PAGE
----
I’m interested in how children and adults reason about mathematical relations, including proportions, ratios, and numerical comparisons (e.g., “bigger”, “more”, “after”). In this work, I ask research questions such as: How do children develop relational reasoning skills? What impacts whether children will notice different quantitative relations? How do children think about multiple relations simultaneously, such as 5 being both bigger than 4 and coming after 4? Most of my work has been focused on questions about basic cognitive and developmental science, with the goal of contributing to a deeper theoretical understanding of how the human mind reasons about mathematical and quantitative relations. As part of Susan Levine’s lab and the Development and Research in Early Math Education Network, I am also involved in several projects focused on developing, testing, and disseminating resources for parents and teachers to support their children’s engagement in high quality math activities for encouraging mathematical thinking.
My research focuses on cultural perspectives of children’s everyday math learning. Mathematics is embedded in almost all aspects of our everyday life. Children build their mathematical foundations through daily interactions with other and activities that are available and relevant in their community. I am interested in employing a strength-based approach to investigate parent-child interactions in math learning. For example, how do parents from various sociocultural backgrounds use relational language in everyday activities to support their children’s math and spatial learning? How are families’ beliefs and values about math learning conveyed through parent-child interactions?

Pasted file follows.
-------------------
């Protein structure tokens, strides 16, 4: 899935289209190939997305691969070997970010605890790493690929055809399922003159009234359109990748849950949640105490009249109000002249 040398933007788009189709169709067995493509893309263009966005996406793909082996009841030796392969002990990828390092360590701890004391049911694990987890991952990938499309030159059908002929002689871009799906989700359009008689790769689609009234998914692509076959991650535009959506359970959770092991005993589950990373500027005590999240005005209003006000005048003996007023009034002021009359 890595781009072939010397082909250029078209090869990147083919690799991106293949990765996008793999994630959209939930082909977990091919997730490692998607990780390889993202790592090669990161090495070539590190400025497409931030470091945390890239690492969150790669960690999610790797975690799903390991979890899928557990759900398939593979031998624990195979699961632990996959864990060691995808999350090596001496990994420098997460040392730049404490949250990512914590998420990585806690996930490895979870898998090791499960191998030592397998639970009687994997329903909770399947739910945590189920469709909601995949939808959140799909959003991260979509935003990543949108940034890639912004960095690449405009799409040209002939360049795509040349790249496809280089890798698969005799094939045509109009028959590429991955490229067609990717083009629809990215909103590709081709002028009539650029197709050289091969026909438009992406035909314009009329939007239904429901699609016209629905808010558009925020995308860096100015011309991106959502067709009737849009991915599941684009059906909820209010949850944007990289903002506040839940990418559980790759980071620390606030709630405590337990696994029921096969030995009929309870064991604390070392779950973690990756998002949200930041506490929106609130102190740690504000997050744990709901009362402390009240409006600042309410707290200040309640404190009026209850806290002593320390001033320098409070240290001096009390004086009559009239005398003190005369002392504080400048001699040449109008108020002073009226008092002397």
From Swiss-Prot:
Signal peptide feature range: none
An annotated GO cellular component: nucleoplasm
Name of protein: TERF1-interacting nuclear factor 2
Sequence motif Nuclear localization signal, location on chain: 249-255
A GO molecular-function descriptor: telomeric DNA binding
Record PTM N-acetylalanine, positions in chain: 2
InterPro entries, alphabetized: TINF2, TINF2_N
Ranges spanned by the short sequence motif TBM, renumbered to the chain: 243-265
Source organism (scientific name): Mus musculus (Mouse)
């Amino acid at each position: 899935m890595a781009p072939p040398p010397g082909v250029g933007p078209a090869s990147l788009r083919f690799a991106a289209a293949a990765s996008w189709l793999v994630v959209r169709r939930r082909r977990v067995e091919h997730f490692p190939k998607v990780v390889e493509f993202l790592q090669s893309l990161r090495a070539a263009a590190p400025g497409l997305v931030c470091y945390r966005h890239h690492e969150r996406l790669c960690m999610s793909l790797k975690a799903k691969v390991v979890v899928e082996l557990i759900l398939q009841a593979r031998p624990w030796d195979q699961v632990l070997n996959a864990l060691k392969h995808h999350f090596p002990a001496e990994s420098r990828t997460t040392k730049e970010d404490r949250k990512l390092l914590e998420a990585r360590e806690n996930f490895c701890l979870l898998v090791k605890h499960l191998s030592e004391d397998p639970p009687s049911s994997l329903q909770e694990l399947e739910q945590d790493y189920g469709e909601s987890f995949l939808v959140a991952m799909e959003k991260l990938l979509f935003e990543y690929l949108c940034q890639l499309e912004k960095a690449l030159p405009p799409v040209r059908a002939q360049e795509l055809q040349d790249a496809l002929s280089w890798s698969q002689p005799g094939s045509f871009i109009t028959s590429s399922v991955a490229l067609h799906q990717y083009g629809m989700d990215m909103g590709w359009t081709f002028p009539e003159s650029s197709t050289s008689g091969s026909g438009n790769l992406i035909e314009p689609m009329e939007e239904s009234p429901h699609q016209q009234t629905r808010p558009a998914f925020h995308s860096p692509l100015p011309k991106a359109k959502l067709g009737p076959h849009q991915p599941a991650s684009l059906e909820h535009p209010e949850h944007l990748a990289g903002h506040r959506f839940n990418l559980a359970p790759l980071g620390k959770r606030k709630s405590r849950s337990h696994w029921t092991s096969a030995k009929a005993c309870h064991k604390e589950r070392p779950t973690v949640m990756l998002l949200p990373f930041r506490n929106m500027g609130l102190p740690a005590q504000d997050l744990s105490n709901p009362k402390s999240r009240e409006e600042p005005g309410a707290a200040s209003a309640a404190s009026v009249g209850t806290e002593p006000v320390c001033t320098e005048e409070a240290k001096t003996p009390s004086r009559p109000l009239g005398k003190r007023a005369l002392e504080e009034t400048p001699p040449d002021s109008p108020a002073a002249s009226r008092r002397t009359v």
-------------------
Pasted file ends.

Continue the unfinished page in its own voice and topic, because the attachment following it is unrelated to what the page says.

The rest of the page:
I am interested in developing a nuanced understanding of how young children and their caregivers participate in everyday learning activities and how they construct shared understandings through their talk. My research has focused on how families engage in number talk during play and cooking. Using qualitative and quantitative approaches to analyzing human interaction, I am working to uncover how families engage in math conversations. Guided by my work developing resources to promote family math engagement, I also examine the impact of learning tips on family interaction.